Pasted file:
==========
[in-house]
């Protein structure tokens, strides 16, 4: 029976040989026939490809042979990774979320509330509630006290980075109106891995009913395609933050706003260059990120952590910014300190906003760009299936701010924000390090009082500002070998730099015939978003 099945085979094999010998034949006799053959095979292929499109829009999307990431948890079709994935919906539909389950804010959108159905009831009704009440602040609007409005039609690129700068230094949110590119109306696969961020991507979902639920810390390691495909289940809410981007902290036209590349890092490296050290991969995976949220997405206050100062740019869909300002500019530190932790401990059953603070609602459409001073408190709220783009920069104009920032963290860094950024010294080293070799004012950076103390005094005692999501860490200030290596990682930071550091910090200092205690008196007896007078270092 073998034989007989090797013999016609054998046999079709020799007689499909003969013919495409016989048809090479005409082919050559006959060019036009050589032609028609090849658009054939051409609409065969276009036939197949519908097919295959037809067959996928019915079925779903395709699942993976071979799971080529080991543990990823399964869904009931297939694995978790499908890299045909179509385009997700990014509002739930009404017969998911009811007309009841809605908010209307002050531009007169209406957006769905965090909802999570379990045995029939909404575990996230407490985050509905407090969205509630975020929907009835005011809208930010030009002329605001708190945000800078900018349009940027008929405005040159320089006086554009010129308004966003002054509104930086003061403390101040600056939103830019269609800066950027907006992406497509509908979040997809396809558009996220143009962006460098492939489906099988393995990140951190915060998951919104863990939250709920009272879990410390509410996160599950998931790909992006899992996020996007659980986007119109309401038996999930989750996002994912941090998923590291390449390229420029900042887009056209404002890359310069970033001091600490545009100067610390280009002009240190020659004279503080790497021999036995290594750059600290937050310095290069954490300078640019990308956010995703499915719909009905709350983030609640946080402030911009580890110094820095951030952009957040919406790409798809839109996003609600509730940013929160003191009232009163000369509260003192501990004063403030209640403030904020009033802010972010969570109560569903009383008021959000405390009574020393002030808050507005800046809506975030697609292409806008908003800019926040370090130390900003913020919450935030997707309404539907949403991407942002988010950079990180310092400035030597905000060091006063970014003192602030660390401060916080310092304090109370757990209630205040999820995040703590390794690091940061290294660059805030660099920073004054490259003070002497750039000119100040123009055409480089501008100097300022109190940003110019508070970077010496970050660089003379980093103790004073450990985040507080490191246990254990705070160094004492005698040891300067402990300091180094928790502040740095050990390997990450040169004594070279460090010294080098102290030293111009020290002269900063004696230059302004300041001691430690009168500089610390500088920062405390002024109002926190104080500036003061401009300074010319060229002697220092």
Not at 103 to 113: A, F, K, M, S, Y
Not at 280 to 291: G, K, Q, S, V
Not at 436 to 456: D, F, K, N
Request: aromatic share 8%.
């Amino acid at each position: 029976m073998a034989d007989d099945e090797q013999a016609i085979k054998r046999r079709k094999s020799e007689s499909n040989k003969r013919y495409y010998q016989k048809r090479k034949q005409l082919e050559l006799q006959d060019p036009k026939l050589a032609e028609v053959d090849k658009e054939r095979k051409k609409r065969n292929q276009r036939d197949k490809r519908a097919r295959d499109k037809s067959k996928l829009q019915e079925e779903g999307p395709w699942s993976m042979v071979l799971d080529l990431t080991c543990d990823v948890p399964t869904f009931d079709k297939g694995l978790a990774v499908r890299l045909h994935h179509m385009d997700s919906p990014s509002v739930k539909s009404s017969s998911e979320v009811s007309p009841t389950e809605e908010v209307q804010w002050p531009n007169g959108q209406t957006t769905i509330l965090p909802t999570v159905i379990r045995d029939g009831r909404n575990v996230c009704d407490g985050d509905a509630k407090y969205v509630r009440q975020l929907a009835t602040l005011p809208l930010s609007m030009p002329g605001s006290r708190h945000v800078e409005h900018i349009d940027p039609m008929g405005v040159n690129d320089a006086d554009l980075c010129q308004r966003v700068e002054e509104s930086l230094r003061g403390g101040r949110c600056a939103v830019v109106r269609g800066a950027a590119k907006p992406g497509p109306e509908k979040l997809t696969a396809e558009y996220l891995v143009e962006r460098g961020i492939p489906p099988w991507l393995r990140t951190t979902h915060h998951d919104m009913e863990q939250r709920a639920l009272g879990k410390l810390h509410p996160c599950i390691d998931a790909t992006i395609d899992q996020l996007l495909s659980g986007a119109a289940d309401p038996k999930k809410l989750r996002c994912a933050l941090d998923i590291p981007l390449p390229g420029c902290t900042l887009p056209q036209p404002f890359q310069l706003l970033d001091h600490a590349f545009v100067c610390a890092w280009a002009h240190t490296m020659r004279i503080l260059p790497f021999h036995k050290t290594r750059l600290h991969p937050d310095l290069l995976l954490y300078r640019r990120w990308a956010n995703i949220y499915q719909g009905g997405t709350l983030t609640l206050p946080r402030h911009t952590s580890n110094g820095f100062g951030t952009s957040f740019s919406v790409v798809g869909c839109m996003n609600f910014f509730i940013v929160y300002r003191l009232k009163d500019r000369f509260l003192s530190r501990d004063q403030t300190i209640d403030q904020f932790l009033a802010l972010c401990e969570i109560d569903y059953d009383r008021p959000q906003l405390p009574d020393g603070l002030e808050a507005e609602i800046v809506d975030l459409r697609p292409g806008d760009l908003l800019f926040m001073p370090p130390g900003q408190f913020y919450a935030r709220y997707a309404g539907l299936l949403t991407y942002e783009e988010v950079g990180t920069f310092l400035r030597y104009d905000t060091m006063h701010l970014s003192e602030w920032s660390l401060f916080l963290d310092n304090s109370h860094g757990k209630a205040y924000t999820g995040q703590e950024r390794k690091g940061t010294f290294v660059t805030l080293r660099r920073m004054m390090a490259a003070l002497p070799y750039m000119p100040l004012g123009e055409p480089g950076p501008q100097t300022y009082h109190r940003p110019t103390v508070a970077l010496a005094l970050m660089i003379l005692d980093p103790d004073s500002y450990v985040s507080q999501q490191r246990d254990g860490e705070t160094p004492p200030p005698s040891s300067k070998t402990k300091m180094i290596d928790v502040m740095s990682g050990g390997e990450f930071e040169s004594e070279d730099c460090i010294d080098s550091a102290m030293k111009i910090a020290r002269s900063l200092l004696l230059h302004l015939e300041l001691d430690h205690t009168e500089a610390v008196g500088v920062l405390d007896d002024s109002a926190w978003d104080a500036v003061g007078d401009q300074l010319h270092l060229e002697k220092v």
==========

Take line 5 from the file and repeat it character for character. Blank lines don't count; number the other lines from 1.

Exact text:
Not at 436 to 456: D, F, K, N